This is a huge difference between the rat and mouse fancies, and one that is very interesting to learn of. With rats, there are seperate standards for the types of bucks and does, so although they are judged in the same class for their colour/markings etc an excellent doe would not look anything like an excellent buck in body shape. In many varieties, the does will be the better show animals mainly due to having shorter coats and better colour generally, but rex and siamese are 2 notable exceptions.

Some of the very nice docile bucks can be a problem to get breeding.Its a case of balance between being butch and not to fierce.
I completely agree with this, one of the challenges, keeping the balance between being tractable and being up for the job ;)
 

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thanks for the considered response.If only every one on forums could be so civil.Whilst feeding in the shed I have also given it more thought.My thoughts revolved around other fancies.Rabbits,some very unsociable varieties.Polish dwarf spring to mind,cat varieties,many with catitude that don't make great pets.Some poultry have serious attitude although I think its the cocks rather than hens.Nobody in these fancies thinks anything of it.There is a stud buck class for mice.I had a good conversation about that with a long time fancier at Bingley.His opinion was winning the class used to have importance and generate respect.Over the years he thinks the importance of the stud buck class has dwindled in peoples eyes and is hardly worth having.I'm very interested as well in all these things and always try to get answers from people who have seen a few decades of showing.With male mice being in general more feisty than rats I guess people don't want the hassle of housing big numbers .As for castration,I'm afraid that although mice are my passion, I don't think they can compete as a rewarding pet, with the rat.Rats come out of the nest interested in humans and just about tame themselves and always welcome interaction.For that reason they attract owners that are willing to spend on them.I don't think it will ever be the case for mice.There are of course exceptions.
 

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Thankyou Sarah for taking the time and trouble to respond to my musings with more of your own :) The differences between various fancies are indeed very interesting, I did not know there was a mouse stud buck class and it does seem a shame that the importance of winning this is seen as a lesser honour these days. After all, a good buck is one half of the stud is he not?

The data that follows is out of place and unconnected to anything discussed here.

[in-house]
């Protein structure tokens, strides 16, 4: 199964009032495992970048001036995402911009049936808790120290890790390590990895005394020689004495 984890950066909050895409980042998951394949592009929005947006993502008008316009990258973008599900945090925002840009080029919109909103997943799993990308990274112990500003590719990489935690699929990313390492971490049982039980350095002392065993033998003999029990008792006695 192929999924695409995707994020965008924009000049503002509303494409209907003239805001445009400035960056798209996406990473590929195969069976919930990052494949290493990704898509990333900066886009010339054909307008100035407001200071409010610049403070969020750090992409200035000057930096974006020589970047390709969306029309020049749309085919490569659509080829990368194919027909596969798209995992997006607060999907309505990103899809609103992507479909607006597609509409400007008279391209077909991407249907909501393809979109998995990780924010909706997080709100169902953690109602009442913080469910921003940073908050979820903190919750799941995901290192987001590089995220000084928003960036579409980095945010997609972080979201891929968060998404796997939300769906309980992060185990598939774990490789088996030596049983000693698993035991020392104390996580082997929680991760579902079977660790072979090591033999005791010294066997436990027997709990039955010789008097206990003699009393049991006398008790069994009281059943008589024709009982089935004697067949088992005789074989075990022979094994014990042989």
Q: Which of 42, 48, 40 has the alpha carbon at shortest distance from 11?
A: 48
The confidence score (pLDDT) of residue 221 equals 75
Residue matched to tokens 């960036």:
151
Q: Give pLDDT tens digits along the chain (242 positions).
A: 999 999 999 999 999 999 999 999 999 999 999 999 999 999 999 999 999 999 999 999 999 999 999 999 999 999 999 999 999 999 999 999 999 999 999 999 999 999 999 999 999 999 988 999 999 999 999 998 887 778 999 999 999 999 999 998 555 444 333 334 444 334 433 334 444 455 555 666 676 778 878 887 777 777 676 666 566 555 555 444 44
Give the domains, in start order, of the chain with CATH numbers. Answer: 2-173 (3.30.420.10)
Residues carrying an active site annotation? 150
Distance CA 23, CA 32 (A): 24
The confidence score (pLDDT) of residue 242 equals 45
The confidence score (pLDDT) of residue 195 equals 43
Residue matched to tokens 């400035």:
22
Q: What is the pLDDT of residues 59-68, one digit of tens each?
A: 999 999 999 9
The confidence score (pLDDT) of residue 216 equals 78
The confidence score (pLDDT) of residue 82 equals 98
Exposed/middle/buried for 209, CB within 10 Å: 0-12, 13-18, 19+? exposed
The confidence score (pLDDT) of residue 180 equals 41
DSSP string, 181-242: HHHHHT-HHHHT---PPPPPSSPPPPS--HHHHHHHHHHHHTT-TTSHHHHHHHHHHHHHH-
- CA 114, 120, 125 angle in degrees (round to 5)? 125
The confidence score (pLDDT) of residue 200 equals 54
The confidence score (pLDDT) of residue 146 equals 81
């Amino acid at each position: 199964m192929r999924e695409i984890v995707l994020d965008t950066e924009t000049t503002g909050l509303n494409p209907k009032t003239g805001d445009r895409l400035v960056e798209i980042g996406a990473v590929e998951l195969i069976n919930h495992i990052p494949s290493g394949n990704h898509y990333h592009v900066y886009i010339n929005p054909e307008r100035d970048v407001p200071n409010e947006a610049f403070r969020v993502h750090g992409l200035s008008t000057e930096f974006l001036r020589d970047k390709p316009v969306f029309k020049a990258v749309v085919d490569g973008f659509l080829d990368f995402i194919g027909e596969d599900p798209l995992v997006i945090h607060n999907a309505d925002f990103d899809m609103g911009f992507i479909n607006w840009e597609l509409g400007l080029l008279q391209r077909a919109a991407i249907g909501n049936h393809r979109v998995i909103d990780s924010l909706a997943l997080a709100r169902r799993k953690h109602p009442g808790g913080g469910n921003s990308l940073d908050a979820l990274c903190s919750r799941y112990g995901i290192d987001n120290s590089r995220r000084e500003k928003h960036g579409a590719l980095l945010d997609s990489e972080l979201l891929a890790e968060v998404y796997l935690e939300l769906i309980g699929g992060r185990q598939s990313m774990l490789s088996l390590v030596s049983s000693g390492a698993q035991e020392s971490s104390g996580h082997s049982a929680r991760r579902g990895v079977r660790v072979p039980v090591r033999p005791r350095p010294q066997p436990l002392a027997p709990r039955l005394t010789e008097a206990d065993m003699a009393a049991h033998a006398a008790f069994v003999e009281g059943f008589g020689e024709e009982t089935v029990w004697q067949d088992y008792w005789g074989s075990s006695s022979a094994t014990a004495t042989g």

I once had the pleaseure of meeting a stud of beautiful polish rabbits when I went to collect a rex cavy, they were indeed stunning, but the breeder told me they were a labour of love - feisty, delicate, hard to breed amoung other things when I commented that it was suprising that such a pretty and small rabbit had not become more popular as a pet. I think with it becoming ever more the norm to castrate male pet animals, people do tend to be suprised when they keep something that doesn't get castrated and displays normal behaviour at sexual maturity. I have parrots and they can be quite aggressive at times, even though mine are non breeding pets they still have the instincts and urges. You soon learn to read their moods and have a healthy respect for them ;)
 

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Ha,I've got to comment on the parrots,sorry to hijack the thread.I also have non breeding parrots.Four until earlier this year.One, a hen red lored made a devoted couple up with my orange wing.I've had her over 20 years and she hates me with a passion.A hatred born out of jealousy of my close relationship with the o.wing.He died earlier this year and even though she is lonely she won't have me at any price.When she comes out I have to have an open magazine on my head to protect me,not a pretty sight.I admire the fact that she won't give up her parrotness :) to be the human baby that so many want them to be.
 

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Too tired to read through all the posts so I don't know if someone has already said this, haha, but from my experience and what I have read on other sites, it can also be used to let you know they're annoyed with something. My does did it when I introduced them to each other, but they eventually stopped once they got used to one another, and now my two new ones do it also because they're not quite used to the others.
 

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Oh and I wanted to add, my new one who does the tail flit isn't a dark color. She's a creamy grey, so maybe it's not just the darker furred ones? Whatever, either way... mine did it out of annoyance due to the new cage mates but eventually stopped.
 

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after having a african grey and an eclectus parrot, the grey being mine and the other being my partners, I have to agree with sarahc on the attitude of parrots...... the eclectus hated me with a vengeance just because he liked my partner better and got jealoue when out of the cage .... i too had to take cover......... :lol: